RefObject and ValObject

Maurizio Cimadamore maurizio.cimadamore at
Mon Apr 15 11:02:18 UTC 2019

The gordian knot here is that whenever you see Object as part of a 
*type* you'd like to interpret it as a top type (the root of the 
hierarchy). OTOH, when you see Object as part of an *expression* you'd 
like to interpret it as something else (e.g. RefObject). And there are 
also things in between - e.g. Object.class, where it's not uber clear 
whether you want one or the other, but let's not get too distracted by 
these for the moment.

 From a type-system perspective, the basic property called 
_preservation_ mandate (Gavin, correct me if I'm wrong :-)) that, given 
an expression of *static type* E, the type associated with the value V 
obtained by executing the expression must be a subtype of E, which we 
can write:

typeof(V) <: E

(of course this is only true for type systems which feature subtyping, 
otherwise typeof(V) == E).

So, in our case, the theorem demands something like this:

typeof(new Object()) <: Object

But it seems like we have already ruled this out - since, if typeof(new 
Object()) is 'RefObject', you don't want RefObject <: Object.

So, from a type-system perspective, we're on unsound territory, at least 
assuming we only use classes w/ single inheritance.

Interfaces (or, more generally, multiple inheritance) add a bit of 
flexibility because (as Brian said) we could say:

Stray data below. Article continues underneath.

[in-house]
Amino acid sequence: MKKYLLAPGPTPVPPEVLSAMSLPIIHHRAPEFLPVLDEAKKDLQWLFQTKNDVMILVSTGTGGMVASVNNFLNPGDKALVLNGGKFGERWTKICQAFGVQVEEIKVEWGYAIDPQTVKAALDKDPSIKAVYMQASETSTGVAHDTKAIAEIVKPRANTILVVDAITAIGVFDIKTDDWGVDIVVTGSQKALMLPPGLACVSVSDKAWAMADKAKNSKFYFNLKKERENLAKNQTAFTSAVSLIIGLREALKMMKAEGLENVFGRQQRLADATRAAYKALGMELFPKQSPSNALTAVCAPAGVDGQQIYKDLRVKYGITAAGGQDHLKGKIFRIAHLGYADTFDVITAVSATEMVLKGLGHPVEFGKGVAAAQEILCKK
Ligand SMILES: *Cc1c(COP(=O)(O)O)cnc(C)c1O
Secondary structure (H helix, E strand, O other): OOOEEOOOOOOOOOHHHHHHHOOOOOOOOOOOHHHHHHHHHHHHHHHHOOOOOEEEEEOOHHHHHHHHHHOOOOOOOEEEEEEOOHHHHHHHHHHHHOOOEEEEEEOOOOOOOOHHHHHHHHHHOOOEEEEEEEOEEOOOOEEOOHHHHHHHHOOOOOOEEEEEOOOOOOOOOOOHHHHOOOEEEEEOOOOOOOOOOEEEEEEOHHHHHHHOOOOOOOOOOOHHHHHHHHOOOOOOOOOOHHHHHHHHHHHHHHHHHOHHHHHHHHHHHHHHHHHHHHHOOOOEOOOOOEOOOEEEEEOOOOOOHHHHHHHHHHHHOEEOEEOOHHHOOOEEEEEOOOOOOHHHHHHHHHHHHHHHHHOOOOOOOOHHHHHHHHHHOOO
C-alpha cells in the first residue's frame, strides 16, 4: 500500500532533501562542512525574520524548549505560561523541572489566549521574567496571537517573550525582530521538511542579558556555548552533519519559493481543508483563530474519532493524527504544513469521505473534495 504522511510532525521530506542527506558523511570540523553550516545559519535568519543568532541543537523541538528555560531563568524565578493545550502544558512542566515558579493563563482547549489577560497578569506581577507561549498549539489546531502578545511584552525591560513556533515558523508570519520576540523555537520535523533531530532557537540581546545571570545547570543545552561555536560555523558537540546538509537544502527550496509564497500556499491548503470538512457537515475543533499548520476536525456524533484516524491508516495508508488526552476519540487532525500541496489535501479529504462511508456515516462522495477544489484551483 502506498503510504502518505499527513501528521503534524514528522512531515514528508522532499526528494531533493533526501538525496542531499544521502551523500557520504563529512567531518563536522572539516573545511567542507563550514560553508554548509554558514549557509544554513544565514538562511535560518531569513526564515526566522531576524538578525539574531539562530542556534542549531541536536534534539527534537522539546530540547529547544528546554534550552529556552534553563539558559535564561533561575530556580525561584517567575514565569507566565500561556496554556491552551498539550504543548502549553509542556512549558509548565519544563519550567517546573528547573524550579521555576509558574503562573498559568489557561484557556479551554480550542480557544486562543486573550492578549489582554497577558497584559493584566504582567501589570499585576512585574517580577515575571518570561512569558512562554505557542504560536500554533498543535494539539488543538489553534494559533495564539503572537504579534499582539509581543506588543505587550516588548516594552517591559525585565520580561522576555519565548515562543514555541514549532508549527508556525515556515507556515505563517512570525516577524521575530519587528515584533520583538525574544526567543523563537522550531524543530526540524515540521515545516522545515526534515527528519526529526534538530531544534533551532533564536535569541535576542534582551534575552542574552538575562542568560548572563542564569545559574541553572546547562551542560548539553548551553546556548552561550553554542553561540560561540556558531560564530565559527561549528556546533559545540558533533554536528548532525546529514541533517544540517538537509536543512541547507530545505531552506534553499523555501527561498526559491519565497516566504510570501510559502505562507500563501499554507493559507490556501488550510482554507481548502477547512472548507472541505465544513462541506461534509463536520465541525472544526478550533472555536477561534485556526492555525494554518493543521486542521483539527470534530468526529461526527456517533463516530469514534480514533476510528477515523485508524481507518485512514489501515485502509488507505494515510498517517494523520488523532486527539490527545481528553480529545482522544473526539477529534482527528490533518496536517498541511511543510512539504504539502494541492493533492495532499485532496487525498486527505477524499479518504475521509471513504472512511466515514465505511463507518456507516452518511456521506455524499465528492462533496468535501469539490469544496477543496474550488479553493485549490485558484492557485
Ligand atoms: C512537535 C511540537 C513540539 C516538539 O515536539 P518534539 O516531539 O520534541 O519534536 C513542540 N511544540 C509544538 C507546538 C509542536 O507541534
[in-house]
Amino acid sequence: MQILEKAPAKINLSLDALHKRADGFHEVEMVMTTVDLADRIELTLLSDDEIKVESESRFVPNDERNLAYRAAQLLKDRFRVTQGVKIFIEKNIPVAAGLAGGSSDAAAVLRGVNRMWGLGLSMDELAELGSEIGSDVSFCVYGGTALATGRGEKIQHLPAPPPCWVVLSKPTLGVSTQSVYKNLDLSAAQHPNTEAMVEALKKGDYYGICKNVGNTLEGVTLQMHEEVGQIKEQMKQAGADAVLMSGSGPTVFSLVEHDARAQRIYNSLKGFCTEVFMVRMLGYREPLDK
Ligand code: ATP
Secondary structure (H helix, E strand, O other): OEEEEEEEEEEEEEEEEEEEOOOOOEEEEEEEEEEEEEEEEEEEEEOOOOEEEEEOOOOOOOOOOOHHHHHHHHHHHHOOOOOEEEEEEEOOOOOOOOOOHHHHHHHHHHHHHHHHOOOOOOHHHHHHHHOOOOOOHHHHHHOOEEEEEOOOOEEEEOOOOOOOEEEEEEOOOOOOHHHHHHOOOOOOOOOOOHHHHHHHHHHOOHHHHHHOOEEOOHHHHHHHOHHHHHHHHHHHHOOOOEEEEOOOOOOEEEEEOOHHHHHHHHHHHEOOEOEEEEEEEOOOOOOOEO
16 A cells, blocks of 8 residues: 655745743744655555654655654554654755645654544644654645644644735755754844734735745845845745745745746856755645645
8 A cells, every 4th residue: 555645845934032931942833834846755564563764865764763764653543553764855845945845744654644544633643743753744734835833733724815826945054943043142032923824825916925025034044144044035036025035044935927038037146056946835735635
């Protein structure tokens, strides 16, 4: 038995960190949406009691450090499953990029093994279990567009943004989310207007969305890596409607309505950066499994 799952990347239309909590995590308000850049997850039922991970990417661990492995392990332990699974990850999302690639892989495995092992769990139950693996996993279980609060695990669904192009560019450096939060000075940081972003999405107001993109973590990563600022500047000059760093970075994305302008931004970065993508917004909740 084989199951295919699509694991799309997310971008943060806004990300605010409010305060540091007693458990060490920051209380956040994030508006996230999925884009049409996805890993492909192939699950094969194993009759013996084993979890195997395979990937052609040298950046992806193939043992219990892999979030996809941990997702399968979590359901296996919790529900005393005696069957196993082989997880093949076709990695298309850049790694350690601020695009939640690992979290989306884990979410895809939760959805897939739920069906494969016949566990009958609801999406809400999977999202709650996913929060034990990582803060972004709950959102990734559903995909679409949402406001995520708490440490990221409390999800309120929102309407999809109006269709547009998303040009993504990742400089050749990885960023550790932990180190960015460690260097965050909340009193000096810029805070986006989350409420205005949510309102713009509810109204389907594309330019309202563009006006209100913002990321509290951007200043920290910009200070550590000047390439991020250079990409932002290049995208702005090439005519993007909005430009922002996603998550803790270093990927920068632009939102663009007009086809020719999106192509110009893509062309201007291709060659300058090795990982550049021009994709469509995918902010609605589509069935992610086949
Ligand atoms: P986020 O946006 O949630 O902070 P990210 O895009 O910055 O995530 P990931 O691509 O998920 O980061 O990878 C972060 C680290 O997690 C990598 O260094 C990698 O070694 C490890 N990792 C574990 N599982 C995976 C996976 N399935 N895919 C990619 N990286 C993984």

typeof(new Object()) = XYZ, where XYZ <: RefObject && XYZ <: Object

So this would satisfy the type theory; whether it can be made into 
something that looks compelling for a Java user, that's another story. 
Note that the dual nature of *type* vs. *expression* mentioned at the 
beginning will bite you as soon as you start doing things like this:

void m(RefObject ro) { ... }

m(new Object()) // ok, as per above
m((Object)new Object()) // not ok?
m(Object.class.newInstance()) // WAT!?


On 08/04/2019 20:58, Brian Goetz wrote:
> No matter which way we go, we end up with an odd anomaly: “new Object()” should yield an instance of RefObject, but we don’t want Object <: RefObject for obvious reasons.  Its possible that “new Object()” could result in an instance of a_species_  of Object that implement RefObject… but our theory of species doesn’t quite go there and it seems a little silly to add new requirements just for this.

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